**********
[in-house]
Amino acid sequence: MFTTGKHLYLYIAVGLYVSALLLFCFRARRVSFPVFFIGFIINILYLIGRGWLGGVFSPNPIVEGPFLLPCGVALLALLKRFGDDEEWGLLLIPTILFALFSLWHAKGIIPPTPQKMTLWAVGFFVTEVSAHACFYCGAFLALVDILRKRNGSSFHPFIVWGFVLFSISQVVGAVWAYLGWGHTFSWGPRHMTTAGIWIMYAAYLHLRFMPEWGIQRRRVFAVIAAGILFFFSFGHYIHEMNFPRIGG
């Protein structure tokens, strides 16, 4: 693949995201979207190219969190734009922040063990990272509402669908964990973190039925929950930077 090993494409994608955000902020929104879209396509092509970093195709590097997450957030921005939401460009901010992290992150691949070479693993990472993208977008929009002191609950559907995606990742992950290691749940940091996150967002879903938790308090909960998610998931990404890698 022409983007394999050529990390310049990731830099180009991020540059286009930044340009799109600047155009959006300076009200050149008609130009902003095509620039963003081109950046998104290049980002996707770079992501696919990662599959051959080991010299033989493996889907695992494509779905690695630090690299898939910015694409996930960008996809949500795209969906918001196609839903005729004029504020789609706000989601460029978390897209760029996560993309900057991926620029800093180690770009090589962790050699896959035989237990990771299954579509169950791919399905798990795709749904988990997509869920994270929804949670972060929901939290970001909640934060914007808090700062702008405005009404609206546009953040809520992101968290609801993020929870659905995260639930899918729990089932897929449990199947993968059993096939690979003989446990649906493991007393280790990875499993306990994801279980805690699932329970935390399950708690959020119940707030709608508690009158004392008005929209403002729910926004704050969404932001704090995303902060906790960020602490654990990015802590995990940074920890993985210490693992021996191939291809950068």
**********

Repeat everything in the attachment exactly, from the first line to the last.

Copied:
[in-house]
Amino acid sequence: MFTTGKHLYLYIAVGLYVSALLLFCFRARRVSFPVFFIGFIINILYLIGRGWLGGVFSPNPIVEGPFLLPCGVALLALLKRFGDDEEWGLLLIPTILFALFSLWHAKGIIPPTPQKMTLWAVGFFVTEVSAHACFYCGAFLALVDILRKRNGSSFHPFIVWGFVLFSISQVVGAVWAYLGWGHTFSWGPRHMTTAGIWIMYAAYLHLRFMPEWGIQRRRVFAVIAAGILFFFSFGHYIHEMNFPRIGG
């Protein structure tokens, strides 16, 4: 693949995201979207190219969190734009922040063990990272509402669908964990973190039925929950930077 090993494409994608955000902020929104879209396509092509970093195709590097997450957030921005939401460009901010992290992150691949070479693993990472993208977008929009002191609950559907995606990742992950290691749940940091996150967002879903938790308090909960998610998931990404890698 022409983007394999050529990390310049990731830099180009991020540059286009930044340009799109600047155009959006300076009200050149008609130009902003095509620039963003081109950046998104290049980002996707770079992501696919990662599959051959080991010299033989493996889907695992494509779905690695630090690299898939910015694409996930960008996809949500795209969906918001196609839903005729004029504020789609706000989601460029978390897209760029996560993309900057991926620029800093180690770009090589962790050699896959035989237990990771299954579509169950791919399905798990795709749904988990997509869920994270929804949670972060929901939290970001909640934060914007808090700062702008405005009404609206546009953040809520992101968290609801993020929870659905995260639930899918729990089932897929449990199947993968059993096939690979003989446990649906493991007393280790990875499993306990994801279980805690699932329970935390399950708690959020119940707030709608508690009158004392008005929209403002729910926004704050969404932001704090995303902060906790960020602490654990990015802590995990940074920890993985210490693992021996191939291809950068």